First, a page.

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Assess the relevance and influence of risk theories upon the development of community safety strategies

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Introduction

'Assess the relevance and influence of risk theories upon the development of community safety strategies' 3.888 Words Reference number: 18 Human beings from the time they are born until their death make decisions and choices which have repercussions for their lives. 'Life is about choices which have consequences' (Department of Civil Safety and Security, 2005/06: 1-5). Until the late 18th century, societies had a simple form and people could easily make choices and simultaneously feel secure, as they could see and anticipate the consequences of their decisions. However, the Industrial Revolution and its massive social and technological changes led to the transition to modern and more complex times (Gauntlett, 2001). Individuals could not control the outcome of their choices and consequently they started to take risks, which have been defined as 'a systematic way of dealing with hazards and insecurities induced and introduces by modernisation itself. Risks, as opposed to older dangers, are consequences which relate to the threatening force of modernisation and its globalisation of doubt' (Beck, 1992 as cited in Loader & Sparks, 2007: 87). People's feelings of insecurity and of living in a 'risk society' where communities are fragmented and traditional community ties less strong, urged them to seek protection and thus they solicit the reinforcement of community safety, namely 'the prevention or reduction of the social, environmental and intimidatory factors which affect people's right to live without fear of crime and which impact upon their quality of life' (Community Safety Unit, 2009). As a result, local authorities planned community safety strategies which in a broad sense lay in the assumption of corporate responsibility, in the establishment of objectives and priorities in consultation with partner agencies and the public and in the co-ordination of policies in the achievement of crime reduction (Squires, 1999). In the attempt to accomplish community safety, experts realised that the study of risk was very important and very soon risk theories emerged. ...read more.

Middle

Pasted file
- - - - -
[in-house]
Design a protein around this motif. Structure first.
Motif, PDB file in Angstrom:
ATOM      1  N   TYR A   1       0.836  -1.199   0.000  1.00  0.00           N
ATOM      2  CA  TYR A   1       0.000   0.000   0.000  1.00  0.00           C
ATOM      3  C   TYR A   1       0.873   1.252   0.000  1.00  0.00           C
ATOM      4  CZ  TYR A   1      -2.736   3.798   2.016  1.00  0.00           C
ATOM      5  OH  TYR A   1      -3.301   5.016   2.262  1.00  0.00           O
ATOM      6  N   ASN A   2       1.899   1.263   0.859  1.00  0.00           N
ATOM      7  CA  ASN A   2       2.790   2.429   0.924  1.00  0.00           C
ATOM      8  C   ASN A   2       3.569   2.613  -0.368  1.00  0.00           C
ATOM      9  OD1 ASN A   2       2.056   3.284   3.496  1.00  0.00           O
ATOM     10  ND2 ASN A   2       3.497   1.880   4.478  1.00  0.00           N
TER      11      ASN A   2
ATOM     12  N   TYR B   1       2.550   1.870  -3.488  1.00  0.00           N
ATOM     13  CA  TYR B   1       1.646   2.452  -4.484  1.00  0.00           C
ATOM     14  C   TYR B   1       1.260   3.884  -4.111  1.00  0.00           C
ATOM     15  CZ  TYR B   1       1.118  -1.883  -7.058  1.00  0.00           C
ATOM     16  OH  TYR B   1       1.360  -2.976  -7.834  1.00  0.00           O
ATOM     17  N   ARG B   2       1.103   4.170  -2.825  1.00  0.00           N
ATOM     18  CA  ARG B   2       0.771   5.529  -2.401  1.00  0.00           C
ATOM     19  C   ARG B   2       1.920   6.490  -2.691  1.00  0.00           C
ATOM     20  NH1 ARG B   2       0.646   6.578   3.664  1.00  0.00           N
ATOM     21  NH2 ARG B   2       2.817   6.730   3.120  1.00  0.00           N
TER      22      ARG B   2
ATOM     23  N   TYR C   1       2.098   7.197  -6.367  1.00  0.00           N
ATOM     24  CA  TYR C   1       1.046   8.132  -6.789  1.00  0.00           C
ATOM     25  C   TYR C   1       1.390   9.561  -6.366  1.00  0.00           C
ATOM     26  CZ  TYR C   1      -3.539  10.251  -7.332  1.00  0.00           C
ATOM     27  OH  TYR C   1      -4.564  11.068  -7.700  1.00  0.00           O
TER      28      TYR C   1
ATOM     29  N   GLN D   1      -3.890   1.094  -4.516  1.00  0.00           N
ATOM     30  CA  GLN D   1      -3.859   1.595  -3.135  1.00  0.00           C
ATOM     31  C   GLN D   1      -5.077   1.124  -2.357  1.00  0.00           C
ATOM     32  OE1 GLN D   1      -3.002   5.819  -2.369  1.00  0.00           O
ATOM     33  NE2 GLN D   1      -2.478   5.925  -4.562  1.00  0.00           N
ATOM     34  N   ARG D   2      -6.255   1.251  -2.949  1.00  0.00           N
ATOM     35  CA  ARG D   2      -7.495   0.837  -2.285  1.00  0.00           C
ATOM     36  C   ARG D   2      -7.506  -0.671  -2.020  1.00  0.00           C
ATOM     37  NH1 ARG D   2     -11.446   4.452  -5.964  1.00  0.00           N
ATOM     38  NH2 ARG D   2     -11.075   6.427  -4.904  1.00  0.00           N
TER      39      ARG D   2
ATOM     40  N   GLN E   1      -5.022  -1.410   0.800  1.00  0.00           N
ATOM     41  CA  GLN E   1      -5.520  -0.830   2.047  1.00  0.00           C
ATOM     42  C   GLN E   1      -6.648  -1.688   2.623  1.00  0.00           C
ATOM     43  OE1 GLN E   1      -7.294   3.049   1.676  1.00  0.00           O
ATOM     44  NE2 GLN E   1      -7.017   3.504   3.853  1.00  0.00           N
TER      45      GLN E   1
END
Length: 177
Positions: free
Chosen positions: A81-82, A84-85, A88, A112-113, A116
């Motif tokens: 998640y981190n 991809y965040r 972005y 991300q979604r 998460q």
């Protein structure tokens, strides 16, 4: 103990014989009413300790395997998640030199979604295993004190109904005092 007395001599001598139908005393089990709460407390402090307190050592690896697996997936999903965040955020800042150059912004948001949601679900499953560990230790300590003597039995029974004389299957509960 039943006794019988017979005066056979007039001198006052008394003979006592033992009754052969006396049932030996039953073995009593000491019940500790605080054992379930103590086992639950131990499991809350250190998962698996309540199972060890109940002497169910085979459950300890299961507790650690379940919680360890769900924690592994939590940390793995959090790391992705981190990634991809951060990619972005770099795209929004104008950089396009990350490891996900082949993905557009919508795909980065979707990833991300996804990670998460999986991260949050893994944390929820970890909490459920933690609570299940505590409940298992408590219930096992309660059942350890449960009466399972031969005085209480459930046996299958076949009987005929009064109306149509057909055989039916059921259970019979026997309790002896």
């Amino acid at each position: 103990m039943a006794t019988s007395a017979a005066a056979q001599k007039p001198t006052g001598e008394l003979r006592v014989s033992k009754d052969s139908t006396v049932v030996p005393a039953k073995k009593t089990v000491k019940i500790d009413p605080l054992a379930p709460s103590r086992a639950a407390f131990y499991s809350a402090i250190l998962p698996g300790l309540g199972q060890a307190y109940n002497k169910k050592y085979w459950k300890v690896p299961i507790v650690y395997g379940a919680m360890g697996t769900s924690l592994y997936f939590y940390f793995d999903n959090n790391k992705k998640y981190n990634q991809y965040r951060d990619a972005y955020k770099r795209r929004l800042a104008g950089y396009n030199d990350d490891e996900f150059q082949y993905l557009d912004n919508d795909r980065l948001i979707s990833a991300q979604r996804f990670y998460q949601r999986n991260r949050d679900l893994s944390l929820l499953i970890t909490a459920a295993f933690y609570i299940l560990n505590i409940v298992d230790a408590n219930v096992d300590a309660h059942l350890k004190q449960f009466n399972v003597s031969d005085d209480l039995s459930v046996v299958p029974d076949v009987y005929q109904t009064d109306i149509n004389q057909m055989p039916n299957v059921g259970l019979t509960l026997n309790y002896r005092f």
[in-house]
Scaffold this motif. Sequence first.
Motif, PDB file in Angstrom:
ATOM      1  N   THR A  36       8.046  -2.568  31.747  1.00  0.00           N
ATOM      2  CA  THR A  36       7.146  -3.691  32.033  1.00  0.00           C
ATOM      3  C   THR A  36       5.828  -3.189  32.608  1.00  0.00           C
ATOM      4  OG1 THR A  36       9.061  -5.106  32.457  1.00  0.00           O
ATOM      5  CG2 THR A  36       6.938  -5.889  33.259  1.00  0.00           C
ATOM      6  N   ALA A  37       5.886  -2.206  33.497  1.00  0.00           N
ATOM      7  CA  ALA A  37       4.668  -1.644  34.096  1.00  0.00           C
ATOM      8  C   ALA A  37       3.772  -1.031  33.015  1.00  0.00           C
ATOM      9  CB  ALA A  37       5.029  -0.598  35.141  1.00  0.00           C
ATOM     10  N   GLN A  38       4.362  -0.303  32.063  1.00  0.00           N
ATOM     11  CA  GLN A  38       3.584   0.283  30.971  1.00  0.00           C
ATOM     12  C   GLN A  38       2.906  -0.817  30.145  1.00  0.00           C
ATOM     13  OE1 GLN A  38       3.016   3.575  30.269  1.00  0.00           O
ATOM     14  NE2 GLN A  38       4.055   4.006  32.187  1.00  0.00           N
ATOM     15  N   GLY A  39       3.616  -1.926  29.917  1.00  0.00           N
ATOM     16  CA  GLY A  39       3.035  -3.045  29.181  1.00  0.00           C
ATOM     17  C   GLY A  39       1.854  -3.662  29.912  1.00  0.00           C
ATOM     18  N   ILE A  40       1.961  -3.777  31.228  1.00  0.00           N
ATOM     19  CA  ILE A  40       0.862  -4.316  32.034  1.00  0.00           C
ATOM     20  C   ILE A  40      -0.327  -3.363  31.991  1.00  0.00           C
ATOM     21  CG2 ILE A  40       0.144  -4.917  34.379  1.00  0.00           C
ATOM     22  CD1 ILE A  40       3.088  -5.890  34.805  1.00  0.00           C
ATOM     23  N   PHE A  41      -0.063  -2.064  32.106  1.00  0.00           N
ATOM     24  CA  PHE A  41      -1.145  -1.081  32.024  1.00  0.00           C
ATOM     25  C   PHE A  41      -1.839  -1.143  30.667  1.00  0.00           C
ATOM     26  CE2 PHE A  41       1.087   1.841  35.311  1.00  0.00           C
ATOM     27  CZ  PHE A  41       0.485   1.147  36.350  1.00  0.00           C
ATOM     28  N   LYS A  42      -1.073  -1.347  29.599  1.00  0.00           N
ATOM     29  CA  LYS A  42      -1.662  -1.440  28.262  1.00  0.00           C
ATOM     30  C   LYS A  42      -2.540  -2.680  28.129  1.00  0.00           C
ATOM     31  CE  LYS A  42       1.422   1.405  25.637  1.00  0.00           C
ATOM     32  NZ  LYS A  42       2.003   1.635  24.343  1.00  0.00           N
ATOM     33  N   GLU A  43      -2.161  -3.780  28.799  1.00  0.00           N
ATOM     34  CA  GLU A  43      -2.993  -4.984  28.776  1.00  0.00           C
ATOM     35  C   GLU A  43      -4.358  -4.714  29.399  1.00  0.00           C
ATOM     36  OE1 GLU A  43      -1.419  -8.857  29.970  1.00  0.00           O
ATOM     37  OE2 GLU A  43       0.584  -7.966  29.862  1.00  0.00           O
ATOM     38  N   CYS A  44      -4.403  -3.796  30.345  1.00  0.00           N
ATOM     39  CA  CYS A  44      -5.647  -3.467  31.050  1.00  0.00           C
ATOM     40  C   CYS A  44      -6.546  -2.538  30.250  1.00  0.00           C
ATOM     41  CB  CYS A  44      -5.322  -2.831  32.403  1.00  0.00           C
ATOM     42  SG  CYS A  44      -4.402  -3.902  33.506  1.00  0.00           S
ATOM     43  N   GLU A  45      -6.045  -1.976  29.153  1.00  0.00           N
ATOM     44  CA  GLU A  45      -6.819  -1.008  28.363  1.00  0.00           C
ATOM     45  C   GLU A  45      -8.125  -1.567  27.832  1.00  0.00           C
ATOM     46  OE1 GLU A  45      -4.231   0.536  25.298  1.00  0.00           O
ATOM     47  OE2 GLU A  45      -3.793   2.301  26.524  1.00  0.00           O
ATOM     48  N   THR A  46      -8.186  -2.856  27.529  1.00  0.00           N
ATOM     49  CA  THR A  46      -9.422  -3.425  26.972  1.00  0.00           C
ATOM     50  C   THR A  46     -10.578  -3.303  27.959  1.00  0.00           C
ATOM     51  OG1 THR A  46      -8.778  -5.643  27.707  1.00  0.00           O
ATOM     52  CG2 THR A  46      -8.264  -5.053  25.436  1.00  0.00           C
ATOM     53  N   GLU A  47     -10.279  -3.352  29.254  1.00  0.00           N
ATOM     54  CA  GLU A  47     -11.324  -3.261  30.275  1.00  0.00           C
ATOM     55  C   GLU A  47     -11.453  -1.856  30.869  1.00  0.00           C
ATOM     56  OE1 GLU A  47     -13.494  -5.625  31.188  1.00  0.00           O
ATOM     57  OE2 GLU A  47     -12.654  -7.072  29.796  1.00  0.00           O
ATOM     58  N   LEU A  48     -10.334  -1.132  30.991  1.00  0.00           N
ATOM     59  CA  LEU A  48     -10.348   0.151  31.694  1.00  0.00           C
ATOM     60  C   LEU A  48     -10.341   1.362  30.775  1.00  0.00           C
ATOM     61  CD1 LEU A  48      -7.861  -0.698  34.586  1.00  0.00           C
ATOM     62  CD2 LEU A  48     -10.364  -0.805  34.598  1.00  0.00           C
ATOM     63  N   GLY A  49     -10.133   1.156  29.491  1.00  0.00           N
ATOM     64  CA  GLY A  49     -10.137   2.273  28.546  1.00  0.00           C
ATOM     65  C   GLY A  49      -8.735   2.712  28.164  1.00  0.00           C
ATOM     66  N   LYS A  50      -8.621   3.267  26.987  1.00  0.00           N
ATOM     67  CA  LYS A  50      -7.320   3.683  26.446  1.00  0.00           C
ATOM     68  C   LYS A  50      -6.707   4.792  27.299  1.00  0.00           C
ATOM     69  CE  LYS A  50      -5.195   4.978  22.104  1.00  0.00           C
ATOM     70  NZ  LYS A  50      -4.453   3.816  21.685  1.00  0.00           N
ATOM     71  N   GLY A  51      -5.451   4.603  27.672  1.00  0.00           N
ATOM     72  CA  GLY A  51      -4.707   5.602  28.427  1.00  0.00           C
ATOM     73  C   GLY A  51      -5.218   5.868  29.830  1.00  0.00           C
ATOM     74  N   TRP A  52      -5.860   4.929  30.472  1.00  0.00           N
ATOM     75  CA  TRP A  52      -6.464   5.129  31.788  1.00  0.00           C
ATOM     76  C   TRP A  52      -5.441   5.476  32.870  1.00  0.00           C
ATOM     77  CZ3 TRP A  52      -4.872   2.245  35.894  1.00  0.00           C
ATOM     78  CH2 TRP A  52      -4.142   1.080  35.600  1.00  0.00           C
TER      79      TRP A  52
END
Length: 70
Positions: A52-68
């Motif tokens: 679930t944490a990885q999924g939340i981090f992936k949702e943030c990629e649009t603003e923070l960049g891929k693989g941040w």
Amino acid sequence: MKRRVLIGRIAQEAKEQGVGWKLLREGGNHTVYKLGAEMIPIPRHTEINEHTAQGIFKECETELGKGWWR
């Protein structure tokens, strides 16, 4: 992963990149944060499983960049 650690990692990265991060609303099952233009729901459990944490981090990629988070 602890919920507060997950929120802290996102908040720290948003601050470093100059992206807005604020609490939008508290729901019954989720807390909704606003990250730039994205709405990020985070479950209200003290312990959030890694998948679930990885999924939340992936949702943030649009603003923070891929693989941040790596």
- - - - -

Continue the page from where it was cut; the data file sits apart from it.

However, the problem that rises with this approach is that it is impracticable to extract meaningful relationships on individuals or populations without perceiving the contextual and cultural structures of individuals within social groups (Langford and McDonald, 1997). Moving on cultural approaches it is important to note that culture has proved a difficult and indefinable concept to understand since it reveals different features of itself depending on the aspect from one is looking to it (Department f Civil Safety and Security, 2005/06). Over the centuries many definitions of culture have emerged. The earliest and most famous was offered by Edwin B. Tylor in 1871: 'Culture or civilisation, taken in its wide ethnographic sense is that complex whole which includes knowledge, belief, art, morals, law, custom and any other capabilities and habits acquired by man as a member of society' (Department of Criminology, 2006/07: 9-14). The basis of this line of thinking is that risk is socially constructed and risk perception between groups within society differs due to the different social characteristics and patterns of social relations (Langford and McDonald, 1997). The most prominent cultural approach which has studied risk in regard to social contexts is cultural theory. Cultural theory presents a typology of four archetypes, 'hierarchical', 'individualist', 'egalitarian' and 'fatalist', each reflecting the nature of individual response to risk (Department of Civil Safety and Security, 2005/06). More accurately, hierarchists accept levels of risk and they claim that the decisions are made by appropriately trained decision-makers. Individualists accept a high level of risk arguing that the presence of risk indicates opportunities for economic and technological development. On the other hand, egalitarians do not accept a high level of risk. They argue that others take risks in violating their own liberties. Lastly, fatalists, although they refuse to take personal risks themselves, accept the risks that the others impose on them in the belief that they can do nothing to prevent it (Department of Criminology, 2006/07). ...read more.